I recently re-established my golf handicap this season. The process has always been a flaky one for me. Nevertheless, a handful of scores later, I acquired a number that is supposed to be the average amount I shoot over par in a given 18-hole round. As I logged into my state golf association website, I was able to view all the rules and by-laws regarding the establishment of said handicap. In big letters read, “A SCORE IS NOT ELIGIBLE IF THE PLAYER PLAYS WITH NON-REGULATION CLUBS OR BALLS.”
That’s the warning that gets the top billing?
THAT’s what the association is worried about?
That I might pull a Rodney Dangerfield from Caddyshack and nail a 30-footer for birdie using an Albert Einstein-designed putter?
How about the fact that a person can enter whatever they want for a score with zero oversight? Maybe that might be the bigger loophole? Try this the next time you’re at the course: gaze past the underage girls operating the beer carts, the disgruntled suspicious dude picking up the range balls (my first job), into the club house, between the dipshits letting us all know how great Tiger is every time he’s shown on the big screen, and you just might notice a very large elephant that no one else sees…or at least they pretend not to. And now, instead of handing in a scorecard signed by several people to another human in the clubhouse (like in the ol’ days), a person can now enter their score at a kiosk….by their lonesome.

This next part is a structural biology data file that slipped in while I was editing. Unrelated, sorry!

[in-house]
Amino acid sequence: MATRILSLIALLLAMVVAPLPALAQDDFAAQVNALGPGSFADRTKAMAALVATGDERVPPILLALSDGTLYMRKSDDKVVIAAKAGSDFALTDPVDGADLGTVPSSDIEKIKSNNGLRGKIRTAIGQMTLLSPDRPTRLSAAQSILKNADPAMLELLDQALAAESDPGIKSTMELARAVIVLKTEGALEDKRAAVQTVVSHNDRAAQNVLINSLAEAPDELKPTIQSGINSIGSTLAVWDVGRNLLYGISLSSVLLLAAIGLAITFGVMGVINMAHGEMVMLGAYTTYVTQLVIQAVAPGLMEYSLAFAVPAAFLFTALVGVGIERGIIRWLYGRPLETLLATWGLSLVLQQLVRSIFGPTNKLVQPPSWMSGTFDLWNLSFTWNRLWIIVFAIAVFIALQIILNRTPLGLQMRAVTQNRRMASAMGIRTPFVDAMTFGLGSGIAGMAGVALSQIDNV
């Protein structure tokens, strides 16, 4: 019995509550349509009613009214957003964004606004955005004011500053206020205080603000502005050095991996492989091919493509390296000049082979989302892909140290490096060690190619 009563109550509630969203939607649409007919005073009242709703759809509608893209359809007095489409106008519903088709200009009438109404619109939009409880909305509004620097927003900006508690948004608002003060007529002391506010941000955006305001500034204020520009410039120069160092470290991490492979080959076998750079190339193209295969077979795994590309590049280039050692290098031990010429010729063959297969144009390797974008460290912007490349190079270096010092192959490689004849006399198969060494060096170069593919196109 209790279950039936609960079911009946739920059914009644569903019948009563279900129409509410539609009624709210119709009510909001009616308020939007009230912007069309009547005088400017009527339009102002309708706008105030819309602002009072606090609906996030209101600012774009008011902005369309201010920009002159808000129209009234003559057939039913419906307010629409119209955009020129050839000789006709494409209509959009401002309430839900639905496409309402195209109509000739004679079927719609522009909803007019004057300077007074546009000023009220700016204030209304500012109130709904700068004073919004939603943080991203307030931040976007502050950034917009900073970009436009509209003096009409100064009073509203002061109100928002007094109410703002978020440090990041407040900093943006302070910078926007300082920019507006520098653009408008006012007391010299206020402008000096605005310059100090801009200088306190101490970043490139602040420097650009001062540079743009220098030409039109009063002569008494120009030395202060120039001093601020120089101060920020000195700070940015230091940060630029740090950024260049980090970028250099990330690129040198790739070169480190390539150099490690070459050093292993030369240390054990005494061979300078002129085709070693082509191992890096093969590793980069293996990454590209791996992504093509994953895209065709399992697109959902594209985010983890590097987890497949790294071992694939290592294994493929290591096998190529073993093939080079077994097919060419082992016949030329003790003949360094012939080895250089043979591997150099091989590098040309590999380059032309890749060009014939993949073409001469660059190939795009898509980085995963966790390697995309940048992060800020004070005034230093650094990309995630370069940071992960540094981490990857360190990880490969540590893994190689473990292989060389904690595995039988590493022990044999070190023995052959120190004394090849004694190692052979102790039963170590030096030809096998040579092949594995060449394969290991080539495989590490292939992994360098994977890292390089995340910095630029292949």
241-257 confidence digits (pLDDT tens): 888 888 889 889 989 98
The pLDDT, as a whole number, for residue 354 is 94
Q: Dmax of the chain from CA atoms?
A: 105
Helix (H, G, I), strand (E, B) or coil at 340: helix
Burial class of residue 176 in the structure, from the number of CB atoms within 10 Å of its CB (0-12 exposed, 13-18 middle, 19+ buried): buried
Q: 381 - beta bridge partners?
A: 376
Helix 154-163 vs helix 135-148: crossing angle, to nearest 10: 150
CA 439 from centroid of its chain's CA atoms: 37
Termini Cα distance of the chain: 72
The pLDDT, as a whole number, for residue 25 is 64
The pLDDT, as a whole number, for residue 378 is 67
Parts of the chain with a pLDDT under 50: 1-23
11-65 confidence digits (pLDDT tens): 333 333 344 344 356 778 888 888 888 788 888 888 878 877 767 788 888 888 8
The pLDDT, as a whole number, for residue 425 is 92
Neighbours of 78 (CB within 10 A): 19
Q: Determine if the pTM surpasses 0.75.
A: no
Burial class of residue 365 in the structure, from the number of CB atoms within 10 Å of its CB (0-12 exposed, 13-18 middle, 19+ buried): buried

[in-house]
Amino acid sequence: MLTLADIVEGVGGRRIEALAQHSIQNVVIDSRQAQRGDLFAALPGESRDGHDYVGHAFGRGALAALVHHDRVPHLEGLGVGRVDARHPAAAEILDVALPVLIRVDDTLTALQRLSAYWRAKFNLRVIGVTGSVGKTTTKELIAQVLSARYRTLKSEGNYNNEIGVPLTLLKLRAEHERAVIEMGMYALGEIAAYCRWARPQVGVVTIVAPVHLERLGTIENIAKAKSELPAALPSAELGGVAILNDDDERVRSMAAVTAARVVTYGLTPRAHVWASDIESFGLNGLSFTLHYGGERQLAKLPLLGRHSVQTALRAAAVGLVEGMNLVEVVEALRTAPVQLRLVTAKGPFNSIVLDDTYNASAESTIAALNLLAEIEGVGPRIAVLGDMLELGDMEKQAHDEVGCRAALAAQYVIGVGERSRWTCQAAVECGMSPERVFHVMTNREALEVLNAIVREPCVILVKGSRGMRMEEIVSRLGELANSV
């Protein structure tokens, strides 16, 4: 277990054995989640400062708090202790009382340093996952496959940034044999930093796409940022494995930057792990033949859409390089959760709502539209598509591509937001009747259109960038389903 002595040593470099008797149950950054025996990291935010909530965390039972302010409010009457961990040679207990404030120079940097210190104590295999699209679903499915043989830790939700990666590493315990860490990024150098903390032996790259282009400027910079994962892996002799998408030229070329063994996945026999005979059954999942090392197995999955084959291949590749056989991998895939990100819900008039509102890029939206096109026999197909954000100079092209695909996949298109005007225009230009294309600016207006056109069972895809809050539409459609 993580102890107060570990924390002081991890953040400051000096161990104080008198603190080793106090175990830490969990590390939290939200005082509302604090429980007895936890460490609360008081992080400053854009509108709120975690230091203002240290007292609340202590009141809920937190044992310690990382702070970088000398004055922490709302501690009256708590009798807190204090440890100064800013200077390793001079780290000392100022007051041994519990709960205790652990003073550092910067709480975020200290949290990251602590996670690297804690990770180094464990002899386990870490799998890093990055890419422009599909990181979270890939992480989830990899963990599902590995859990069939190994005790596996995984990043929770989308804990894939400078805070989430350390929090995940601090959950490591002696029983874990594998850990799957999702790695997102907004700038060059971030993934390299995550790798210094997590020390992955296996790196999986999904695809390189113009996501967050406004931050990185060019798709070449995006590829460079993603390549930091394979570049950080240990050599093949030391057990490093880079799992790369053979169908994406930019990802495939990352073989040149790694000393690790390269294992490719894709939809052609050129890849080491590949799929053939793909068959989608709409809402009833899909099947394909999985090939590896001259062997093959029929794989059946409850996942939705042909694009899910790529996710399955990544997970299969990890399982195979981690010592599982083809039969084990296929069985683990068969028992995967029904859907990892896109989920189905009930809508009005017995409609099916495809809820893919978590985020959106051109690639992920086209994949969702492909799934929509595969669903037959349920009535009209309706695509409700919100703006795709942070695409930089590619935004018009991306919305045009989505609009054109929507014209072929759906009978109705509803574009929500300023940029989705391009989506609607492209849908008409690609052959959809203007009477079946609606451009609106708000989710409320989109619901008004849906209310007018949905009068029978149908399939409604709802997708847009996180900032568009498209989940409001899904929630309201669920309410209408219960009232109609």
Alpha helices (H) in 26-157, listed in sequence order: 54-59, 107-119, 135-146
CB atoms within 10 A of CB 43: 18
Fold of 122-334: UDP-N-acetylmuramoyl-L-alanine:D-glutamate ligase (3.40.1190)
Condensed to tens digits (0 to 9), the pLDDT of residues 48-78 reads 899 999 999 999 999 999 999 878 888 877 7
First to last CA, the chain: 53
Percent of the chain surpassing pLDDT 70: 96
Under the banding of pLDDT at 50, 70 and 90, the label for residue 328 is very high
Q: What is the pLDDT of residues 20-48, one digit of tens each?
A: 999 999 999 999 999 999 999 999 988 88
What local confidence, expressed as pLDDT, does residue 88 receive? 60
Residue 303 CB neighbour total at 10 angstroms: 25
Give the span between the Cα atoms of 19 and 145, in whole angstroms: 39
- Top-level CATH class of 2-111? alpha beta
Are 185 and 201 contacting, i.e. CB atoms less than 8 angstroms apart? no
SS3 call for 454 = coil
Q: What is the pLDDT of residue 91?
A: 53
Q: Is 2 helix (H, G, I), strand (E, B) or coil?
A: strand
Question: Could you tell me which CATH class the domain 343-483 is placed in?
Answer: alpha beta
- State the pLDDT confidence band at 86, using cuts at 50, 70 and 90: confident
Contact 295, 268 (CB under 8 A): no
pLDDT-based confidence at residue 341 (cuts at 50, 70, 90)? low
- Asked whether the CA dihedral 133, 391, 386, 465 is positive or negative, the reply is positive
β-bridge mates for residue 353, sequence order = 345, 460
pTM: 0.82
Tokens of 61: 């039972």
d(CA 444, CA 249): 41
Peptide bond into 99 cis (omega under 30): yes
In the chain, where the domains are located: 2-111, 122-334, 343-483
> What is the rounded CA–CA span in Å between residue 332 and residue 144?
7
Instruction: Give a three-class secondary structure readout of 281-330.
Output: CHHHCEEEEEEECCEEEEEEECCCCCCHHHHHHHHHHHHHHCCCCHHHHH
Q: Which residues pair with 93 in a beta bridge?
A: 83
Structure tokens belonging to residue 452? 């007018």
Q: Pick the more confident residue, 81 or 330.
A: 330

Imagine this: as thousands of people enter their numbers after a round, a select few stumble across the notion that they can be whatever handicap they want. It’s like the problem you might get if you left a group of 4-year olds unattended in a room with a big clear jar of Oreos in the middle. Sooner or later…